We’ve all heard the old saying “A woman’s work is never done”, and that was especially true on a farm or plantation in the old days. Dr. James Haney of the historic Carson House takes us on a tour of an exhibit in one of the upper rooms of the home devoted to “women’s work”. He talks about the use of the loom, spinning wheel, quilt press, and even a somewhat intimidating-looking tool called a shuck hackle.
(As you will note if you spend much time exploring this website, Dr. Haney was very generous with his time and expertise for this project. We thank him profusely.)
The Carson House is located on Highway 70, less than five miles west of Marion. Construction of this three-story historic residence began in 1793 by Colonel John Carson on the banks of Buck Creek. In the early 1860s, while the home was occupied by Jonathan Logan Carson and family, a private school for young ladies operated there. It was at that time that Stoneman’s Raiders made their march through the region. As news of their approach was received, all of the students fled, leaving teacher Emma L. Rankin remaining with the Carsons, their children, and the servants.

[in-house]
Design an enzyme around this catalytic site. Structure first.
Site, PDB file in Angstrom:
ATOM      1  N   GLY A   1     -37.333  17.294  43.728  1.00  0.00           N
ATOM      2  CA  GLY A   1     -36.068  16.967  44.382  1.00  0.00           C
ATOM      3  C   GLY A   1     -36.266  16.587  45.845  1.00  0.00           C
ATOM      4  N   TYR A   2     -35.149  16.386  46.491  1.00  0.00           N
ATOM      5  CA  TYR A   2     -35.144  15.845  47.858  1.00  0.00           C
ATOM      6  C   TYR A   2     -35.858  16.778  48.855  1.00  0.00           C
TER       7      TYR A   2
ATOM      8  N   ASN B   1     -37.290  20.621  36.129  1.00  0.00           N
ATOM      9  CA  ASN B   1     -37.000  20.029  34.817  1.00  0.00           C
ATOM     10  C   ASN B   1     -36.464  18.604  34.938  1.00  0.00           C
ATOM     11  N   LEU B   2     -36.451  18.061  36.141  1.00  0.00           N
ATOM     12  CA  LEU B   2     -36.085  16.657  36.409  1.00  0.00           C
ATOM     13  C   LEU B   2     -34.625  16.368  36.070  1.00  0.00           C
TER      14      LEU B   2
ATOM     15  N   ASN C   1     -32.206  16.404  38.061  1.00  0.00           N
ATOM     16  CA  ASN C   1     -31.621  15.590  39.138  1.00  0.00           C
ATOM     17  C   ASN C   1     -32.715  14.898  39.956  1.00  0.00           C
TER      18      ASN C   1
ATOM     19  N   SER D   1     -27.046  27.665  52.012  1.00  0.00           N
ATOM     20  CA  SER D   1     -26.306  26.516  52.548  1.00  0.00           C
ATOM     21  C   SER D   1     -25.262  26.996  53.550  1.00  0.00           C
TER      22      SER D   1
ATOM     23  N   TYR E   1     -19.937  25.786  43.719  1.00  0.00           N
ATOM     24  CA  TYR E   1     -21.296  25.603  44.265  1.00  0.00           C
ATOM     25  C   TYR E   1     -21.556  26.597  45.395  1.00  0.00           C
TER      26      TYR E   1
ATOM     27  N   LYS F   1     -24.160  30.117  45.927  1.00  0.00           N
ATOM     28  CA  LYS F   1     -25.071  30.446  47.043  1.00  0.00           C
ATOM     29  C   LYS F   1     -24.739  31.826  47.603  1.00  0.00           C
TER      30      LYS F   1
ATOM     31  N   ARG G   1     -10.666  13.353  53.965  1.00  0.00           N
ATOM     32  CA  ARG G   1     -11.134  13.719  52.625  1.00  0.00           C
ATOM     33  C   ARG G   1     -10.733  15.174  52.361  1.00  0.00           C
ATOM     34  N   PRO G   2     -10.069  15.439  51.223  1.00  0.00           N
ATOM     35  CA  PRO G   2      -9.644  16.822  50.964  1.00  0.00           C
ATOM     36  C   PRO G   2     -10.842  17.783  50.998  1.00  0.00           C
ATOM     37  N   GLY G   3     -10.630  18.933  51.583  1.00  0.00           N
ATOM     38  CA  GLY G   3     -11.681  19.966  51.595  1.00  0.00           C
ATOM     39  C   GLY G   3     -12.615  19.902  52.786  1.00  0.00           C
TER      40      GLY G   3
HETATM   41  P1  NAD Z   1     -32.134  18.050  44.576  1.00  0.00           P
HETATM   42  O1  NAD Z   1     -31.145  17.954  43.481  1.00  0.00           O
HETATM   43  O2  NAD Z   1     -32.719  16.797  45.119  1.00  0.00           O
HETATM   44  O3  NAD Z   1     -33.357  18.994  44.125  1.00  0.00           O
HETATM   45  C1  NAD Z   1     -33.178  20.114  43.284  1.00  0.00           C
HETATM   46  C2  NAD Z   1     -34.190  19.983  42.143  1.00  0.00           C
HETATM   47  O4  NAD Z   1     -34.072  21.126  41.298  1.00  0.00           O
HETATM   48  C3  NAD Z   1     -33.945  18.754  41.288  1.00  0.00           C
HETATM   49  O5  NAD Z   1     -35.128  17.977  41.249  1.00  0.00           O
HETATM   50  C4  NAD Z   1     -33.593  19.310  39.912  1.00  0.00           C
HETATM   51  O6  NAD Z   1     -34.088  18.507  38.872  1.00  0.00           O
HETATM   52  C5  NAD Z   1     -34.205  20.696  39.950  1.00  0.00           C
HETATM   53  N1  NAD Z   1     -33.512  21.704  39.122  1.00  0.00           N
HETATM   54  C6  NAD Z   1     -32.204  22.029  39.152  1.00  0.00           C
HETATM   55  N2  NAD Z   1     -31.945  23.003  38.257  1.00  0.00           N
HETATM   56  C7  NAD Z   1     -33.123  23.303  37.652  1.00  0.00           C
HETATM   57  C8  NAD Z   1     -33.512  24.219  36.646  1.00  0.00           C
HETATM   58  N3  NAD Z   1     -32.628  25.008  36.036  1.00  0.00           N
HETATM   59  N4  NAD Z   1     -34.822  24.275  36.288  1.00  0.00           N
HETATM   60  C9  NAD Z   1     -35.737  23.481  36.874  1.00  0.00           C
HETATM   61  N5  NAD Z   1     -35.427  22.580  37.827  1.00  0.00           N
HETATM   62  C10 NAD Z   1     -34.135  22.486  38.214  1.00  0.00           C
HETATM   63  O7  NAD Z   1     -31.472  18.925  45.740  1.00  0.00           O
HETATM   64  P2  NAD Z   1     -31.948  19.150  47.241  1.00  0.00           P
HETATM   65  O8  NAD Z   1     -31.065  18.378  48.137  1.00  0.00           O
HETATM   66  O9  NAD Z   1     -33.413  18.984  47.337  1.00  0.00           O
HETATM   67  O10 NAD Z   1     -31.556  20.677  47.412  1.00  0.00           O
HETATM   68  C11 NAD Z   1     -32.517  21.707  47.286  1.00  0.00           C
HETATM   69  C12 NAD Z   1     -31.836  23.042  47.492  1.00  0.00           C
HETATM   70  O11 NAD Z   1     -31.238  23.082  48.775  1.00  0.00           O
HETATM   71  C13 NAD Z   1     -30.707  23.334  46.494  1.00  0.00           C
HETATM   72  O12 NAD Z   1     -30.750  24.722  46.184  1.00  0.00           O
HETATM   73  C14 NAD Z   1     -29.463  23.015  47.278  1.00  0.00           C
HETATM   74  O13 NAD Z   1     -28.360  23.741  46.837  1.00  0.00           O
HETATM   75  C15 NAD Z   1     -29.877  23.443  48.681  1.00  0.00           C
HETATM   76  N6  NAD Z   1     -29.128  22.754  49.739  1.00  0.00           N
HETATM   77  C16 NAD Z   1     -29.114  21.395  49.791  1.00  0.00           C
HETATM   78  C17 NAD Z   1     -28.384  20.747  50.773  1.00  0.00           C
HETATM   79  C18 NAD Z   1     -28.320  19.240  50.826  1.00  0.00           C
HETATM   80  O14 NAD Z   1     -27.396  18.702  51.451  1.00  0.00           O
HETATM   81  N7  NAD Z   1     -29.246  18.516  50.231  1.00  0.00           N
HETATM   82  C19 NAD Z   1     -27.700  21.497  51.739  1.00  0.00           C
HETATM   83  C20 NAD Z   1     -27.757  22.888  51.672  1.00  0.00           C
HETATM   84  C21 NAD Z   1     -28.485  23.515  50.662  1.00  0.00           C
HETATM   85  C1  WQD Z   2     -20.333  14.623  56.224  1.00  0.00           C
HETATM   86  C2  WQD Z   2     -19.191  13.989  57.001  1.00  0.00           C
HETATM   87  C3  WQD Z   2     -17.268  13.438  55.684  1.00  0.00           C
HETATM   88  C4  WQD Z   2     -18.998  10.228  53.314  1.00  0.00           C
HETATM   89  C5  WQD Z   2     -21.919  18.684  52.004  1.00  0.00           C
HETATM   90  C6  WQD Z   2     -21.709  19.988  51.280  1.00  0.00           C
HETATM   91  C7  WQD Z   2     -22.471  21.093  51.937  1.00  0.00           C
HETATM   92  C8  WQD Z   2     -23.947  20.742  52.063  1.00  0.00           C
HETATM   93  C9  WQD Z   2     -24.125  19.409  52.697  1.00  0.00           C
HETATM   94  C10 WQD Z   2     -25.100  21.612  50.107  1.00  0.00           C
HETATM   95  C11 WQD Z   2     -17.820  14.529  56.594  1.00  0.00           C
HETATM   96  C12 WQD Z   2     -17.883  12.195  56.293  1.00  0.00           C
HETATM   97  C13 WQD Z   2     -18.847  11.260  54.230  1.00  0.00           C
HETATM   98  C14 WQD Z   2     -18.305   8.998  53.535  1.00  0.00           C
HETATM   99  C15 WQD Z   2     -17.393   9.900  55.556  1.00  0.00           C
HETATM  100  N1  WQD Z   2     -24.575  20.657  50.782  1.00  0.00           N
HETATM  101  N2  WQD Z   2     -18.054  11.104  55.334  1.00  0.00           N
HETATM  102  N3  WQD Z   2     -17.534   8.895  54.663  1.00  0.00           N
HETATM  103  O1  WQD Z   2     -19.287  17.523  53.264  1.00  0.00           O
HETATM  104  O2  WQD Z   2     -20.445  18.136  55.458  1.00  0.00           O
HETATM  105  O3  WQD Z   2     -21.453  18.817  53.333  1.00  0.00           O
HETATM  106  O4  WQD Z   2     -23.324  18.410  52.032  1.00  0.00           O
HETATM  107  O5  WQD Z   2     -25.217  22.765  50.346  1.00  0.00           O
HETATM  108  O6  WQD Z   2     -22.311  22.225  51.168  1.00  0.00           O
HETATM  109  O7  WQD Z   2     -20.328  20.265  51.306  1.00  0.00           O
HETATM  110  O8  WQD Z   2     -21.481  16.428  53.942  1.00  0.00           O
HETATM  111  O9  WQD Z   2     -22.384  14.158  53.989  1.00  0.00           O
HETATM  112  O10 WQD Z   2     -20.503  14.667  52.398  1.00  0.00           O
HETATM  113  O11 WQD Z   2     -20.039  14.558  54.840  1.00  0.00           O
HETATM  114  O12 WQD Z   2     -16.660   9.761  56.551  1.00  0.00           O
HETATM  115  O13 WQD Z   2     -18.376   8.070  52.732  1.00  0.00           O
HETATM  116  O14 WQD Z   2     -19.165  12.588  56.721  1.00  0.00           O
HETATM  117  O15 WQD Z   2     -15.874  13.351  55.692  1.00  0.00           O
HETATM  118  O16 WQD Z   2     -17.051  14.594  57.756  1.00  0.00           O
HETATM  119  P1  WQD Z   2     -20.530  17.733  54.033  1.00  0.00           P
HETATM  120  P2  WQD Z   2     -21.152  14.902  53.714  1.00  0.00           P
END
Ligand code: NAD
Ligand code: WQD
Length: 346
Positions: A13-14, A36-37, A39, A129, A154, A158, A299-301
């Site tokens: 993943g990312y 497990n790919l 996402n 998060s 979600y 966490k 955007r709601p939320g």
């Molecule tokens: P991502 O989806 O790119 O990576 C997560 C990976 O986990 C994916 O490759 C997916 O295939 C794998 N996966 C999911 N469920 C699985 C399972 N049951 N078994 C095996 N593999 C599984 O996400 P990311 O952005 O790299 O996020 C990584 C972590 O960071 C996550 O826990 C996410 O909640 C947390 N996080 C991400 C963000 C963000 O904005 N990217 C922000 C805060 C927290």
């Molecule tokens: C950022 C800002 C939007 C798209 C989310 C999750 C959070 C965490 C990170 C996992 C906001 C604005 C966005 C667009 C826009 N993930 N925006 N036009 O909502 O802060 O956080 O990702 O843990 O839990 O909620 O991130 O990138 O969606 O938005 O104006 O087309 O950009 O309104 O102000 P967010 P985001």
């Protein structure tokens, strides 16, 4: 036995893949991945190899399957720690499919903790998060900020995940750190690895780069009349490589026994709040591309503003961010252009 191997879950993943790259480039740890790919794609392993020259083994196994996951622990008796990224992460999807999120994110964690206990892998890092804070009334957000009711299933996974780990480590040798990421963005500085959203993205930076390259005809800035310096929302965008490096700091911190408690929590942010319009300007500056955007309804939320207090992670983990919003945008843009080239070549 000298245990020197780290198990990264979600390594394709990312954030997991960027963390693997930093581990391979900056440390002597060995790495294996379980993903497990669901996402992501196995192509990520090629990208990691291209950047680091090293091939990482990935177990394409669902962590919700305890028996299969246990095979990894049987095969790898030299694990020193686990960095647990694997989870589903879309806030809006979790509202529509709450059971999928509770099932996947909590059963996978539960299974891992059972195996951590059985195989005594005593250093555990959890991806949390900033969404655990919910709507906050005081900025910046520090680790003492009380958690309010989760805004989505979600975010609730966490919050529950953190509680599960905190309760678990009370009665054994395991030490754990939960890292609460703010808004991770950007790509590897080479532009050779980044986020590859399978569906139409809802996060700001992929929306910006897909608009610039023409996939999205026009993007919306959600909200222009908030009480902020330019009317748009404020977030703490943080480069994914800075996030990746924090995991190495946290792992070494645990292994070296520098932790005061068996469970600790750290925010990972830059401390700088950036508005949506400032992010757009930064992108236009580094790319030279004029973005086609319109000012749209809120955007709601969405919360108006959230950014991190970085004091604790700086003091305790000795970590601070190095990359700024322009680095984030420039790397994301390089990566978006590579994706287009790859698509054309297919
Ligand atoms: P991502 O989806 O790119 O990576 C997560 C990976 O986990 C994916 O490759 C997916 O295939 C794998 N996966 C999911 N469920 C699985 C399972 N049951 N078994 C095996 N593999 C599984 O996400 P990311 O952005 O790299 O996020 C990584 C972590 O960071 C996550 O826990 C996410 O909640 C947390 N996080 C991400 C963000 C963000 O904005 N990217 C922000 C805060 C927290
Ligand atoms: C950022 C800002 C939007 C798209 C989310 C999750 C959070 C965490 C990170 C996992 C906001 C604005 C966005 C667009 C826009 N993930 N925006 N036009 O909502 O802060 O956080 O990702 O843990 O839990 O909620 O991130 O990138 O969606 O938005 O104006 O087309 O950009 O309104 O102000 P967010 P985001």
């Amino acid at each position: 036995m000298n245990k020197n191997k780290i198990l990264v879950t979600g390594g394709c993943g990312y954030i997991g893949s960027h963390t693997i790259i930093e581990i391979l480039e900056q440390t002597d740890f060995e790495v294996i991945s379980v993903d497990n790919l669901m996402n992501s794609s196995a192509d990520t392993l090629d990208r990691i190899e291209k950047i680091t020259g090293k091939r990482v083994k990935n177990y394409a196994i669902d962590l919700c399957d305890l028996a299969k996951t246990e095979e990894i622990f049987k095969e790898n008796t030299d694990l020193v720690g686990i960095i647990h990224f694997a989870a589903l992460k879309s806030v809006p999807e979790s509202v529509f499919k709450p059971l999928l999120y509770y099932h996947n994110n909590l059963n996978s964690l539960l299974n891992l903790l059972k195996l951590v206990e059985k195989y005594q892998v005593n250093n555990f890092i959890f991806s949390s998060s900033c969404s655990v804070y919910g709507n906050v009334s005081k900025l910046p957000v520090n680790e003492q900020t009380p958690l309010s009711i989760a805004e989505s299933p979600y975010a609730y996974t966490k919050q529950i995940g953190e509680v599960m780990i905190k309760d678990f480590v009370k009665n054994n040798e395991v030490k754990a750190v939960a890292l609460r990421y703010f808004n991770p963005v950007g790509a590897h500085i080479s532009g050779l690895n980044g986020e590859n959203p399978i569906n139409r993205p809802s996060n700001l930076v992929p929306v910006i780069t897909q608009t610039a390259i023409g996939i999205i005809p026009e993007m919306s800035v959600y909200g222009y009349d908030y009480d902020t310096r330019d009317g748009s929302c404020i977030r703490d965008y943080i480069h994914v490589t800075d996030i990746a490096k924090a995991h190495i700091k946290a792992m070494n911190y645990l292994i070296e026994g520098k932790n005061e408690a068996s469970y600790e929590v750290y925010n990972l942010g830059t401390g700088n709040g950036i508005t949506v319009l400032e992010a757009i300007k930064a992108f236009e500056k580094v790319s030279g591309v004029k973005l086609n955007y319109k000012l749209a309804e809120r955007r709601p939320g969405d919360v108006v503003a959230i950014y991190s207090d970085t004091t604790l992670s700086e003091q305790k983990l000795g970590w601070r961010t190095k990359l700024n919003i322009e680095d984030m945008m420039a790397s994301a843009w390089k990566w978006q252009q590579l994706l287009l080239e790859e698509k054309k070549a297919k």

Miss Rankin wrote this riveting account of the ordeal in 1885, at the urging of many of her students.
Hear Miss Rankin’s story read by actress and former McDowell resident Ellen Pfirrmann:
In the early 1800s, the historic Carson House served as a stagecoach stop and inn for travelers between Salisbury and Asheville. McDowell County was organized in the house in 1843, and the structure served as the first seat of county government. The house is now a museum, and in 2009 hosted an exhibit of quilts with historical significance. Historian and author Dr. James Haney takes us on a tour of the exhibit and shares some fascinating stories about the quilts’ makers, including Carson slaves Kadella and Fatima.